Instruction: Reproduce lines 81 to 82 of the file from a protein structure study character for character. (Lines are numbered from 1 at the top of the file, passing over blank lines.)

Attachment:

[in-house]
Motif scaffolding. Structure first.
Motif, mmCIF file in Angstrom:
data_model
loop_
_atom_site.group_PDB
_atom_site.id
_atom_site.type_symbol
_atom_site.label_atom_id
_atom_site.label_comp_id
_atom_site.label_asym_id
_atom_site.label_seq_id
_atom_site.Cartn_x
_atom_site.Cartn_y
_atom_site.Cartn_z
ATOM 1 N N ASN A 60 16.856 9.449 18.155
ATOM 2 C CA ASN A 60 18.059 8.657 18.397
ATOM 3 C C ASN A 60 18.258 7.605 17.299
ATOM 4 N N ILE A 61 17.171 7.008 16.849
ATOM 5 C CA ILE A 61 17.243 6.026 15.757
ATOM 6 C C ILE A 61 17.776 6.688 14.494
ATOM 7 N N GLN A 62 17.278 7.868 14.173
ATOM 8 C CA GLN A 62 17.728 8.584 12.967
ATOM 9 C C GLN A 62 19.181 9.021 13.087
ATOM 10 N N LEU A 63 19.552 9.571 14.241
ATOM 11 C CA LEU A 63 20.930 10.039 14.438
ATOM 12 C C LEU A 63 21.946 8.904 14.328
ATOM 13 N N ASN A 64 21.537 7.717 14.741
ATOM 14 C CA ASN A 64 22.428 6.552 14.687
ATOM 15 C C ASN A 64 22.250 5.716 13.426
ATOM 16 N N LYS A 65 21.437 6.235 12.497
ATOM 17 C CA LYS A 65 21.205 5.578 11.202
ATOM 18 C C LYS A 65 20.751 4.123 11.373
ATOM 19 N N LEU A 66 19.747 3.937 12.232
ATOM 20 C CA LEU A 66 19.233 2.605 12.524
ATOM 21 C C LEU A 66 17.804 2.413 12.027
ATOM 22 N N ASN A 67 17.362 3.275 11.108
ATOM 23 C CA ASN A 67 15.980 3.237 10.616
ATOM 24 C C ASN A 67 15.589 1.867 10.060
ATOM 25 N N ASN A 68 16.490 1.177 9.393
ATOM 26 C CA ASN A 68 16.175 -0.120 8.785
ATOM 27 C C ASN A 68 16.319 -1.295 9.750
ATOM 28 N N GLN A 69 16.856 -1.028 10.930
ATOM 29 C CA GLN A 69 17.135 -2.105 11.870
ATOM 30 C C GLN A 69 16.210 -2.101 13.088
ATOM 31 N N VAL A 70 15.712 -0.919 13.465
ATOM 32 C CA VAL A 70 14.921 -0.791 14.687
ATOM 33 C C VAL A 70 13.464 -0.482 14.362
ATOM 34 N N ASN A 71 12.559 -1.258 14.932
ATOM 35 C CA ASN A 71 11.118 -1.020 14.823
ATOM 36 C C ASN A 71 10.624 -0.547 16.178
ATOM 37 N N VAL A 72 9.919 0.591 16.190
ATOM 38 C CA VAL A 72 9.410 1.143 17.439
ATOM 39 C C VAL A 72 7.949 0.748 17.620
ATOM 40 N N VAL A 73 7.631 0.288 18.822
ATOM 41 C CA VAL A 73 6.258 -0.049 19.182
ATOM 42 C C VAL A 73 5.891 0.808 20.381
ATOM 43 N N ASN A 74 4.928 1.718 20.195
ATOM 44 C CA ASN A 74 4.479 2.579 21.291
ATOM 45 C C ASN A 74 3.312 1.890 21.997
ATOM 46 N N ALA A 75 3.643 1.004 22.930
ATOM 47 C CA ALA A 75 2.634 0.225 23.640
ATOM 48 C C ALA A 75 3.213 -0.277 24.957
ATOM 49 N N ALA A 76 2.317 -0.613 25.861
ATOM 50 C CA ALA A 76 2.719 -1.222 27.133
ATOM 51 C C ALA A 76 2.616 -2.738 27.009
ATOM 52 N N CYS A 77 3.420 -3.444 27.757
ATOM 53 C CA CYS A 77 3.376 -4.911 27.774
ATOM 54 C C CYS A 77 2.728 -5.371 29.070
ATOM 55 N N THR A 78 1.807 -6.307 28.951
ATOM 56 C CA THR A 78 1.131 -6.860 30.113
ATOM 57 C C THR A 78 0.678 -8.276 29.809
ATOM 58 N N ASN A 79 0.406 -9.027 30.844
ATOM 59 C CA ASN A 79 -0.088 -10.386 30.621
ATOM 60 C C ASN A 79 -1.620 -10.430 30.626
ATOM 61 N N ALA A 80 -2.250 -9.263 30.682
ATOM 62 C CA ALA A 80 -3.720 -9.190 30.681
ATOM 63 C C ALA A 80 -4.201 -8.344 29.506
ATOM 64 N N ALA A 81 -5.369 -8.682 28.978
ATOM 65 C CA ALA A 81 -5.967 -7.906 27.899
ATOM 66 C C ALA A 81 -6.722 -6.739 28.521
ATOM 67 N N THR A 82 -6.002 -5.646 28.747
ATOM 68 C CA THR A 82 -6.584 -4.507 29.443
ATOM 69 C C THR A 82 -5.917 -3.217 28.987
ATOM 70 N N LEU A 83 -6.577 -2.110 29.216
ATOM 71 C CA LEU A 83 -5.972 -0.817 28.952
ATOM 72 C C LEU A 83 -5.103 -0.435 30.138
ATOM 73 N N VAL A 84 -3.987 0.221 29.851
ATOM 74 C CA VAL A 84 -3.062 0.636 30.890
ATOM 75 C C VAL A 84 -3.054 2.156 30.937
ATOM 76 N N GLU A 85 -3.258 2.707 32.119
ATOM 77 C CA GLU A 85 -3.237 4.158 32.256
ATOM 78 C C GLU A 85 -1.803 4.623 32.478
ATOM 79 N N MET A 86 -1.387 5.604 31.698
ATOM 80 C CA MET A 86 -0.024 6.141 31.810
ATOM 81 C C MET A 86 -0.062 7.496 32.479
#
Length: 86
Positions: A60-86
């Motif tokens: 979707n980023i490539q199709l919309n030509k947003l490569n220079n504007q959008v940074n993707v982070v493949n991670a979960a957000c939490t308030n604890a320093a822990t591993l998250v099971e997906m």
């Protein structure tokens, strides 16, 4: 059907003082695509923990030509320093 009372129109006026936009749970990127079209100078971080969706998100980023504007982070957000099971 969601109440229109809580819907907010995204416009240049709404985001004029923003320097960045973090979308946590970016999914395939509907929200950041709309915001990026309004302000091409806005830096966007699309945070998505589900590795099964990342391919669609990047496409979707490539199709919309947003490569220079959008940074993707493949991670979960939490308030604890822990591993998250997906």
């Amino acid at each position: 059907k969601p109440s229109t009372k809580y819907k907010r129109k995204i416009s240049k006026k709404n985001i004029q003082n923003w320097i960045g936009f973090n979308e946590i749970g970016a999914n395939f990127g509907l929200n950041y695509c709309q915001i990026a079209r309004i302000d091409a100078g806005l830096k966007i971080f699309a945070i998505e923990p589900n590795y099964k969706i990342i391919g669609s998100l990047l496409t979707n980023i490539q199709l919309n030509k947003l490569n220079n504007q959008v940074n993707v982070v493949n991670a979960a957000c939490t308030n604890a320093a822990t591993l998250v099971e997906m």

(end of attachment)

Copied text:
ATOM 66 C C ALA A 81 -6.722 -6.739 28.521
ATOM 67 N N THR A 82 -6.002 -5.646 28.747